Monday, July 16, 2018

Secret Sisters of the Salty Sea by Lynne Rae Perkins

Cover image for Secret sisters of the salty seaAlix and her older sister Jools are off with their parents for a week's vacation at the sea shore.  They soon make a friend with a girl whose grandma lives upstairs and have fun making sandcastles, playing in the waves and exploring nearby.  And that is basically it.  I kept expecting them to have some crisis or tragedy.  At the end I was amazed that this book even got published without a huge social issue.  No divorce, no physical or mental handicap, no racial tension, no death in the family.  Wow.  I guess it helps to be a previous Newbery winner. There wasn't even any reference to gender identity, and yet, it was a thoroughly enjoyable book. Imagine that!  This is a great choice for families about to go on vacation, or for those that hanker for the old, more innocent, days in children's literature. (2018, 232 p.)

Saturday, July 14, 2018

One Mixed-up Night by Catherine Newman

Cover image for One mixed-up nightFrankie and Walter have always loved IKEA.  They love to play the "picking game" with the IKEA catalog.  They love to imagine living in one of the mini demo houses.  Then one day when both of their families are planning to visit IKEA together, they hatch a plan to stay back and spend the night in IKEA just like the kids in the book, "From the Mixed Up Files of Mrs. Basil E. Frankweiler." Their ploy of telling their parents that they are each staying at the other's for a sleepover works, and they find themselves alone in their favorite place for the night.  While there they have adventures, and finally talk about the hidden grief that has been plaguing them both.

This is a fun and tender book about friendship and grief.  It is also a bit of a wish-fulfillment book, because what kid hasn't dreamed of spending the night in a department store? Parents will cringe at the amount of destruction the kids cause with their antics, but Newman glosses over consequences. It will be easy to recommend this book to kids.  (2017, 191 p.)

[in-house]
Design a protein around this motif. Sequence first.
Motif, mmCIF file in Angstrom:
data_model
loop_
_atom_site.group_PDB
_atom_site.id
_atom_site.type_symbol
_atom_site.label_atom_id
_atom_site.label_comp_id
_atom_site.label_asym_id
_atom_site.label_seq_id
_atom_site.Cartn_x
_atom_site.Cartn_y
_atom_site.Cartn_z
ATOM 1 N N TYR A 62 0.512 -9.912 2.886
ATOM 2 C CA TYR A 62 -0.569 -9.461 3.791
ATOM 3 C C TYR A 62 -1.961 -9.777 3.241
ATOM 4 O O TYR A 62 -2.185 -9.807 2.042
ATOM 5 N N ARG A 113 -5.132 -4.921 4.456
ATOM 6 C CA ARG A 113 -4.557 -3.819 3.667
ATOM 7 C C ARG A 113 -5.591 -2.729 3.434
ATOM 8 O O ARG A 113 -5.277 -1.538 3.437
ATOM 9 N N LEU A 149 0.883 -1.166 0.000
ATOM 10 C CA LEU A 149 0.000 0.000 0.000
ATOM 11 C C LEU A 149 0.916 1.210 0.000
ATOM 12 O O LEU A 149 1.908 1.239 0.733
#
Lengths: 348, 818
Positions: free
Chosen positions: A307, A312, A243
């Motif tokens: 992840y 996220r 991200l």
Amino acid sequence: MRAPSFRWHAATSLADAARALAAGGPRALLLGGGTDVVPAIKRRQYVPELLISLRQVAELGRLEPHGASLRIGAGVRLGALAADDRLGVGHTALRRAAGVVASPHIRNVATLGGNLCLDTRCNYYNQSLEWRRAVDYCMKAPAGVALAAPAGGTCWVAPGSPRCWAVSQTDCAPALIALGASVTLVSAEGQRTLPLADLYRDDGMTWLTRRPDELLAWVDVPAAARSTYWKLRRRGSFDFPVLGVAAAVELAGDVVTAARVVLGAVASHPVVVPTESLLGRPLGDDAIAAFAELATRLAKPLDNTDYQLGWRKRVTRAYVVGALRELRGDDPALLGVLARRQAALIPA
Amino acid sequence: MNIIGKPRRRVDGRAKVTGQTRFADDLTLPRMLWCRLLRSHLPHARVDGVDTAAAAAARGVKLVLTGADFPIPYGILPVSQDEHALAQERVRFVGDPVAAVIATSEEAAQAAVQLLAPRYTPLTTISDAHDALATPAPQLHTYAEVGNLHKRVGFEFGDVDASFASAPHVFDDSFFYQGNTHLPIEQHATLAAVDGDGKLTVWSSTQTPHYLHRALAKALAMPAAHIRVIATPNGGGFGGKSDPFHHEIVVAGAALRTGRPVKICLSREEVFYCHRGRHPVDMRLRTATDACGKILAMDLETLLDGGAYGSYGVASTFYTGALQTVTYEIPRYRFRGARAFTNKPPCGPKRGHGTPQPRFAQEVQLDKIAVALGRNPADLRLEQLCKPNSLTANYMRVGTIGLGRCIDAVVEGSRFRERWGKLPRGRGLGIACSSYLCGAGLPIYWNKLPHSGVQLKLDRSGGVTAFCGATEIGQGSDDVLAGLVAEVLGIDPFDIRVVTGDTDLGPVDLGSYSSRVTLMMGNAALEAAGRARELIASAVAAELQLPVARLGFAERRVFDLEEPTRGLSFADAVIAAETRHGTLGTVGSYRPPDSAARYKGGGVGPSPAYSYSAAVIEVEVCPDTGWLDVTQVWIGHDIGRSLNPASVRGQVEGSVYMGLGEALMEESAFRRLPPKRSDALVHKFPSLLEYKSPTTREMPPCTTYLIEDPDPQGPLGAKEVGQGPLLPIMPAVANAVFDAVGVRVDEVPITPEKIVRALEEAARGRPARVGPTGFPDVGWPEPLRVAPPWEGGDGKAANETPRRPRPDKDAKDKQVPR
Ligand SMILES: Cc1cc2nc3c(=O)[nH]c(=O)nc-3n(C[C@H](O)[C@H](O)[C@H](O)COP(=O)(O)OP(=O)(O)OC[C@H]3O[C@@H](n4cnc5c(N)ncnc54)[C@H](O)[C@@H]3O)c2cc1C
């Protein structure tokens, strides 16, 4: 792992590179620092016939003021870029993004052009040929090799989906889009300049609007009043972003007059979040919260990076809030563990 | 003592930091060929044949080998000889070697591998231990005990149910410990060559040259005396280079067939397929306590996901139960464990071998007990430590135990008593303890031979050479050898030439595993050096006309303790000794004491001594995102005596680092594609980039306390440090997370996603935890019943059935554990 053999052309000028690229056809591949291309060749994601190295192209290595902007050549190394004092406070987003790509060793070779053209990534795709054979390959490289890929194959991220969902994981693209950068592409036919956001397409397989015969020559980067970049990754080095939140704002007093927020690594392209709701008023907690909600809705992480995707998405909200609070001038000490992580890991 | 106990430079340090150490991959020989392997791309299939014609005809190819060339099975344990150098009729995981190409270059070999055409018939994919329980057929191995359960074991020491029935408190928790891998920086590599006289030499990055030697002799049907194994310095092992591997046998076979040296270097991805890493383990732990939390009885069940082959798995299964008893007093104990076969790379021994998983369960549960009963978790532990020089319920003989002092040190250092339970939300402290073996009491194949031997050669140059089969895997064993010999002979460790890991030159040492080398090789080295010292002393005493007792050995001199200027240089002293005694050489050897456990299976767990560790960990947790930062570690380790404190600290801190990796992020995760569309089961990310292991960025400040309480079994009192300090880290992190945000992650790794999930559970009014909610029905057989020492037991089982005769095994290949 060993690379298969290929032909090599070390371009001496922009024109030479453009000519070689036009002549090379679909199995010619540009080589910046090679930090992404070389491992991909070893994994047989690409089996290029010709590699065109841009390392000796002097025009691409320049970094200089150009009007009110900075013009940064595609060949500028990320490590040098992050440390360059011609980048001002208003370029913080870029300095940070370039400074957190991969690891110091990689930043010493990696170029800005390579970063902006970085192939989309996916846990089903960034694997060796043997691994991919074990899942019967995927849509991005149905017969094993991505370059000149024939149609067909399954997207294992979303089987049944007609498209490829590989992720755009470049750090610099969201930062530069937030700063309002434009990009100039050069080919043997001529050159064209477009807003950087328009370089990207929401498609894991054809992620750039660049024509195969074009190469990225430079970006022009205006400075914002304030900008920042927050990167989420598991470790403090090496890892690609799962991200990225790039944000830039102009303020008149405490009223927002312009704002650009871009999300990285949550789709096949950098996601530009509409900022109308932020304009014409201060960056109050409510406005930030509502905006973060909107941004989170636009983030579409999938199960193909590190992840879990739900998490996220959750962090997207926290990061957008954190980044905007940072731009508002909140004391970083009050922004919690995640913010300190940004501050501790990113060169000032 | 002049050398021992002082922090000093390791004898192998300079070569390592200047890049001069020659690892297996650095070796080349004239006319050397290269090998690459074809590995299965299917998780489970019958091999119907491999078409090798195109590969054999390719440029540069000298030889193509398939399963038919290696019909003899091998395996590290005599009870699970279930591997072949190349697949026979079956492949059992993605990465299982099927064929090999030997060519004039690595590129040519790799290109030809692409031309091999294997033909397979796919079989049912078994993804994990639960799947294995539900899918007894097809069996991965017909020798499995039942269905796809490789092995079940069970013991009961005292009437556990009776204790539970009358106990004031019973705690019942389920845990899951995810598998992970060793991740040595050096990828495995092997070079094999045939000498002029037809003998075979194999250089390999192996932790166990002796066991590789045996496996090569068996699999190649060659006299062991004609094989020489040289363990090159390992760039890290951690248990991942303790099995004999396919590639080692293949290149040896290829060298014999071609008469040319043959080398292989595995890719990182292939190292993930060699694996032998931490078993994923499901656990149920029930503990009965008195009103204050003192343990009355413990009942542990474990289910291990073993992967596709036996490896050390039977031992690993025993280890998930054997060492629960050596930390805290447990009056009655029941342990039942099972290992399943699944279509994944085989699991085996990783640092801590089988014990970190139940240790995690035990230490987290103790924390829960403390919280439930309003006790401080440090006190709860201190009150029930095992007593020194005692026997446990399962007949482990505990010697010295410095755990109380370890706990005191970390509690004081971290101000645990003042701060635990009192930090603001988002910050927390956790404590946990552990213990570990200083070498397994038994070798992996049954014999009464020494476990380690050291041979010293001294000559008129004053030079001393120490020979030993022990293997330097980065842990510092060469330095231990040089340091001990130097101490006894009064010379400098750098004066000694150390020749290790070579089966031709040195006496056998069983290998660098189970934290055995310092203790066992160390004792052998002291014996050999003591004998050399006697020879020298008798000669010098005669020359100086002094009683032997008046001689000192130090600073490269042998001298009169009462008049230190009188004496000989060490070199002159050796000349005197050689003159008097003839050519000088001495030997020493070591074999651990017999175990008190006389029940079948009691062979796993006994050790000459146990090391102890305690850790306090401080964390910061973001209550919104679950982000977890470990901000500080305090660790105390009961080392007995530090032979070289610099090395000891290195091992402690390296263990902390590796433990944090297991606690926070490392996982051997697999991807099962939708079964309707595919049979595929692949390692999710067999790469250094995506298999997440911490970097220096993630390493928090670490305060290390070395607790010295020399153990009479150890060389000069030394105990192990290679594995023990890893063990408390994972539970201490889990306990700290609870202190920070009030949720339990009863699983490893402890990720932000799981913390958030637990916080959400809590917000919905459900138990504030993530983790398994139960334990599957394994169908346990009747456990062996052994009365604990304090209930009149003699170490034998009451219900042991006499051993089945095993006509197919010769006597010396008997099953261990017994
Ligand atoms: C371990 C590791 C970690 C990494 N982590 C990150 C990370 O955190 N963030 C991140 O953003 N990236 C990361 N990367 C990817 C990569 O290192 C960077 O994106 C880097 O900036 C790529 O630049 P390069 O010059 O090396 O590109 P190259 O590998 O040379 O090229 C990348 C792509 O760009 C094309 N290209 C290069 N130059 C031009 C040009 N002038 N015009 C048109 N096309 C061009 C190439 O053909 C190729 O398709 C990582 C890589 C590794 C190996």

You know how it seems that every children's book now has to have a GBLT reference to get published.  Well, Newman was very creative with her little reference.  Frankie and Walter both have cats as pets.  At the beginning of the book they imagine their cats getting married, both dressed in tuxedos, because they are both boy cats.  Total eye role!

Thursday, July 5, 2018

The Playbook by Kwame Alexander

Cover image for The playbook : 52 rules to aim, shoot, and score in this game called lifeThis is a nonfiction companion to Alexander's Newbery winning book, The Crossover.  It is a collection of advice about basketball and life, supported by examples and quotes from famous people, mostly black athletes but including some whites, and some non-athletes, like Michelle Obama and Sonia Sotomayor. The advise is solid, and is couched in sports terminology to appeal to a young athlete.  Alexander also includes some autobiographical stories of how he came to embrace and succeed in tennis and what he learned from that. Alexander's examples from the lives of famous people are well chosen and inspirational. They are illustrated with photographs of the people who are quoted/highlighted. This would be a great book to give to a reluctant reader athlete as a gift or as part of a recognition.  (2017, 169 p.)

Wednesday, July 4, 2018

The Parker Inheritance by Varian Johnson

Cover image for The Parker inheritanceHere is a book that is going to be on a lot of potential Newbery lists this fall.  It already has 4 starred reviews.  Candice has moved in to what used to be her grandmother's home for the summer. There she meets the neighbor boy, Brandon, and together they start to investigate the circumstances surrounding an event many years ago that had brought disgrace on her grandmother.  Candice finds a letter among her grandmother's things that tells of a hidden treasure and contains clues to how it could be recovered. As Brandon and Candice follow the clues, they learn about the town's past which is steeped in prejudice and injustice.